You can make your own and pick what vegetables and seasoning to include, or simply buy boxed or powdered chicken broth. Make sure you dissolve it in hot water before you use, and taste it, as you may need to use about half more of what the dish indicates.
We recommend you stick to commercial chicken broth and not fish or beef, as these two have a very strong flavor that could alter your dish too much. Use chicken broth when cooking katsudon, gyudon, soups, and broth.
See More: Does Chicken Broth Go Bad?
#6. Soy Sauce
Even though this option isn’t ideal for everyone, adding a bit of soy sauce can create umami that resembles a dashi.
You can find soy sauce in any grocery or convenience store, but you may want to go with the low-sodium kind. Use only a couple of teaspoons of soy sauce for every one tablespoon of dashi.
You should also keep in mind that soy sauce is stronger and has a dark color, so it may alter the final look of your dish. You can dilute it a bit with water if necessary, or adjust for salt in your dish. Use soy sauce when you prepare tempura sauce, katsudon, gyudon, and noodles.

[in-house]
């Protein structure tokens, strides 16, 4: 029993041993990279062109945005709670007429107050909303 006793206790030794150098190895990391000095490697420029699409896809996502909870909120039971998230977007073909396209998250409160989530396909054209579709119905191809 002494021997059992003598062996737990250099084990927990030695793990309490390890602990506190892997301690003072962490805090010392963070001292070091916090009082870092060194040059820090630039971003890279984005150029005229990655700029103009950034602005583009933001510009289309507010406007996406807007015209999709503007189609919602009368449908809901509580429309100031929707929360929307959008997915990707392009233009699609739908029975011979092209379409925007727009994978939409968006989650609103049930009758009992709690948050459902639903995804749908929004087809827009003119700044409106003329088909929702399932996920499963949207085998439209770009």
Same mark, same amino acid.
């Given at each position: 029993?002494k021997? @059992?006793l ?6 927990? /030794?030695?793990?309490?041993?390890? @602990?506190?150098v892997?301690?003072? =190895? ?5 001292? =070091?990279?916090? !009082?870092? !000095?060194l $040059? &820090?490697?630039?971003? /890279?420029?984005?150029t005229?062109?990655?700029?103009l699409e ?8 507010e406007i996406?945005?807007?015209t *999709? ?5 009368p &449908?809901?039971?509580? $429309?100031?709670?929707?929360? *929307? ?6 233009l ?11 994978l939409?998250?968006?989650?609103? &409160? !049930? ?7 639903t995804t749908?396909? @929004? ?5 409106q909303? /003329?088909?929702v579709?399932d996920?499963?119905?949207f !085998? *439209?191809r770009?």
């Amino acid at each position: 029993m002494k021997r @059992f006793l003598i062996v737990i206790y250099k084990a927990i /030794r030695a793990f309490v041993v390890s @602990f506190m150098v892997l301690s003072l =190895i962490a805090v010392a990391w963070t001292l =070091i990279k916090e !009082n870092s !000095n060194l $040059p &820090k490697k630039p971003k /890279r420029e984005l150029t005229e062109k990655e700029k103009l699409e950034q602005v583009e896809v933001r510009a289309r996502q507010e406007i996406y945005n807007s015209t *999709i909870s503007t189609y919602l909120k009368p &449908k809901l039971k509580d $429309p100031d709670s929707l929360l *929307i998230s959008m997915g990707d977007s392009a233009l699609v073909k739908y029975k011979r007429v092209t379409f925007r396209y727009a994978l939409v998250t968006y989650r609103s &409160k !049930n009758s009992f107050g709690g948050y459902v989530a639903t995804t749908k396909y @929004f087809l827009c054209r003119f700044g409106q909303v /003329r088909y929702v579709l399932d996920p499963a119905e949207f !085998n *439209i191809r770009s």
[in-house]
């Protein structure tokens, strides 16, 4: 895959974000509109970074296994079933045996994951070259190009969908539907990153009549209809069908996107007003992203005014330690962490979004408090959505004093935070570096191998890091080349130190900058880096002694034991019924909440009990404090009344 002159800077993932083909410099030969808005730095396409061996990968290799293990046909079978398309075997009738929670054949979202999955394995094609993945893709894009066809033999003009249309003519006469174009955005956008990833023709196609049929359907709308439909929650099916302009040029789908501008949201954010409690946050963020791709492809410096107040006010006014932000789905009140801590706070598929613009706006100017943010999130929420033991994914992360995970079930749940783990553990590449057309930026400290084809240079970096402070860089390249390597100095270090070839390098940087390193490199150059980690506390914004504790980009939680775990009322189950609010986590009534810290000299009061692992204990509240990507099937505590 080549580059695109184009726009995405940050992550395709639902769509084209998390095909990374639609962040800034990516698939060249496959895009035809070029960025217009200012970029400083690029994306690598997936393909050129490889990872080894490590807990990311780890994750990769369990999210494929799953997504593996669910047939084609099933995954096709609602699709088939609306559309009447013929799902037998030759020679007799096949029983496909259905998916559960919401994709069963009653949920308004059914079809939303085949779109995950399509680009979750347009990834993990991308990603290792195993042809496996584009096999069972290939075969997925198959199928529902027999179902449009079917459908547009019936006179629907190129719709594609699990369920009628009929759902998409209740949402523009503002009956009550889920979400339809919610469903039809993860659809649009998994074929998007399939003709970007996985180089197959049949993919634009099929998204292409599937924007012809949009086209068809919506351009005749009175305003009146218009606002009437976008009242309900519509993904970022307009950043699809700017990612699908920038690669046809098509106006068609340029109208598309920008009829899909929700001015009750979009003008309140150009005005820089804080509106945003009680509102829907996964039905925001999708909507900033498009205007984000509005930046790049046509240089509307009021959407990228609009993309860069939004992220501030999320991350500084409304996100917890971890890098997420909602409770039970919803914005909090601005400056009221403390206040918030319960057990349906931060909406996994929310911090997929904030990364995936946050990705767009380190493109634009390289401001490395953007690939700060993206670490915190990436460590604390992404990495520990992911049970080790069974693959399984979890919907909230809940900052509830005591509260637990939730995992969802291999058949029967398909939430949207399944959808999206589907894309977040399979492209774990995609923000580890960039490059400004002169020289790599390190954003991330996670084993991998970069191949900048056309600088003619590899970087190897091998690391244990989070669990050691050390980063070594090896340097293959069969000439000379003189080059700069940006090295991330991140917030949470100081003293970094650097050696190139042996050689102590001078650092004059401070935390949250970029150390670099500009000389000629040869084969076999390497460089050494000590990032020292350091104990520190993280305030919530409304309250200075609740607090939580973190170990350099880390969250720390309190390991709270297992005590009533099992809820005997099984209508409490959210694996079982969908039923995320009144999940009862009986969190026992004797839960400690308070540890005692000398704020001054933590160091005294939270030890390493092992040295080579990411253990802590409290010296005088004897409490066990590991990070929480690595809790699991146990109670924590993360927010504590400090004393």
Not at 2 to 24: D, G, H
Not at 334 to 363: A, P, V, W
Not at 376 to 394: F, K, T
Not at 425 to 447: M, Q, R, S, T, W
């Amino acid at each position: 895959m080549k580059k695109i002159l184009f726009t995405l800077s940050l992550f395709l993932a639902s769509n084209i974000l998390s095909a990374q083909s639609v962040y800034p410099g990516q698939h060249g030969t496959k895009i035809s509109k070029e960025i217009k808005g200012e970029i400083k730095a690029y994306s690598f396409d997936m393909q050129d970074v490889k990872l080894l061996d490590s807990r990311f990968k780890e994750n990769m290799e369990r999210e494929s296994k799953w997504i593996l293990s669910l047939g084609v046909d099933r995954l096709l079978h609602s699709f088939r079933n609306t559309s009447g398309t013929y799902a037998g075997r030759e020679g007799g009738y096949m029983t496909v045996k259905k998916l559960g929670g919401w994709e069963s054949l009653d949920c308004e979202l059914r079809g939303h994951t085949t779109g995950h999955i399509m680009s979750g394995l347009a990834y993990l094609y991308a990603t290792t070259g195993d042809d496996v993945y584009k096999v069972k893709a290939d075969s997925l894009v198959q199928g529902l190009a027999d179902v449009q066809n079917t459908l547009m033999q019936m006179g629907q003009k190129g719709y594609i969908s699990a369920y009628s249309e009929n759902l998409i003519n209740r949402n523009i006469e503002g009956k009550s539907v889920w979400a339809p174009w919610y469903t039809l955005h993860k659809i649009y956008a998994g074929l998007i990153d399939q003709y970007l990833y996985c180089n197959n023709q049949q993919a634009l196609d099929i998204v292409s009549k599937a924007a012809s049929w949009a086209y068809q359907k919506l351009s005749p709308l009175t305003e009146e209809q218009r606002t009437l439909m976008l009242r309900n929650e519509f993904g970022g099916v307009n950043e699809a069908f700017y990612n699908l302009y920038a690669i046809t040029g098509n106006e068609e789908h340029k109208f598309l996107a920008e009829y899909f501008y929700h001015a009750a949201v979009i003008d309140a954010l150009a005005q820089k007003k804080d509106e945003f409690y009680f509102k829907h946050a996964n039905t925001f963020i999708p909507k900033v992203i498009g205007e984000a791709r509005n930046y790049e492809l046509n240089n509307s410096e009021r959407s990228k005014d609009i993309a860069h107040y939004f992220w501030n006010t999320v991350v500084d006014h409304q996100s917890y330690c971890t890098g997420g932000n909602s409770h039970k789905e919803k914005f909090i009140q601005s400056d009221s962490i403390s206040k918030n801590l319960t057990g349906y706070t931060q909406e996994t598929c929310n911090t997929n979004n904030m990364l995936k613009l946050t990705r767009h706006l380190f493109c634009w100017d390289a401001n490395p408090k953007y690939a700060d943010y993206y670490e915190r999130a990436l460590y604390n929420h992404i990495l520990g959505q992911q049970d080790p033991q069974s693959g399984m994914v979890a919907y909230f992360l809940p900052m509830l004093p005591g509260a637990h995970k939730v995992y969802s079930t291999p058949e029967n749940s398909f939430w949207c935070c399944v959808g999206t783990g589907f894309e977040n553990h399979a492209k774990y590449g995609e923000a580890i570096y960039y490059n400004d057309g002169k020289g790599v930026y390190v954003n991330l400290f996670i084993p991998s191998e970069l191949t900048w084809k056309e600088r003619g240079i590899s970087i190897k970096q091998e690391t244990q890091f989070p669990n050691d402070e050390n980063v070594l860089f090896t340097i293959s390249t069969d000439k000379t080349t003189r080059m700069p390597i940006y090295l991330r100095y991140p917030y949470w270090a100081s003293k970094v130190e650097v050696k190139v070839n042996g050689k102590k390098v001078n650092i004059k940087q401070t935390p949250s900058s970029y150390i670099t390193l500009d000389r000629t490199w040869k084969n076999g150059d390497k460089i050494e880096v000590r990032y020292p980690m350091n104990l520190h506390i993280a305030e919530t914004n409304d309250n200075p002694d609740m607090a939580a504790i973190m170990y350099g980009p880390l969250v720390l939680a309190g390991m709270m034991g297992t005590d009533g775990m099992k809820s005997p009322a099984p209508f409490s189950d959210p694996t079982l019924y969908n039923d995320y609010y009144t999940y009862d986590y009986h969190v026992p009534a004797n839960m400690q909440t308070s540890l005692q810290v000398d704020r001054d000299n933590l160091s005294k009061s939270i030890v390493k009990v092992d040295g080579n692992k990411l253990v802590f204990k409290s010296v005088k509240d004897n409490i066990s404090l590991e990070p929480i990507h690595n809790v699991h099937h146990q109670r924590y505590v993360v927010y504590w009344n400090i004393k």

See More: Soy Sauce Substitutes
In a pinch, you can use fish sauce instead of dashi when preparing certain dishes. Make sure you use only a small amount, as fish sauce is much more concentrated and could overpower the dish. Also, keep in mind that fish sauce has more salt in it.
While not ideal, if you have no choice, you could use vegetable stock to replace dashi. Keep in mind that these stocks have more salt and added seasoning, so the flavor may not be the same.
In some grocery stores, you can find dashi powder or granules for instant dashi broth. These work in the same way that bouillon cubes do. These are not easy to come by, though, so your best bet may be an Asian food store or making your own.
Dashi is a delicate broth that not many of us know how to make, but that we certainly have tasted before. If your recipe calls for some dashi, you shouldn’t skip it. Instead, add any of these 6 alternatives that can create similar umami flavors.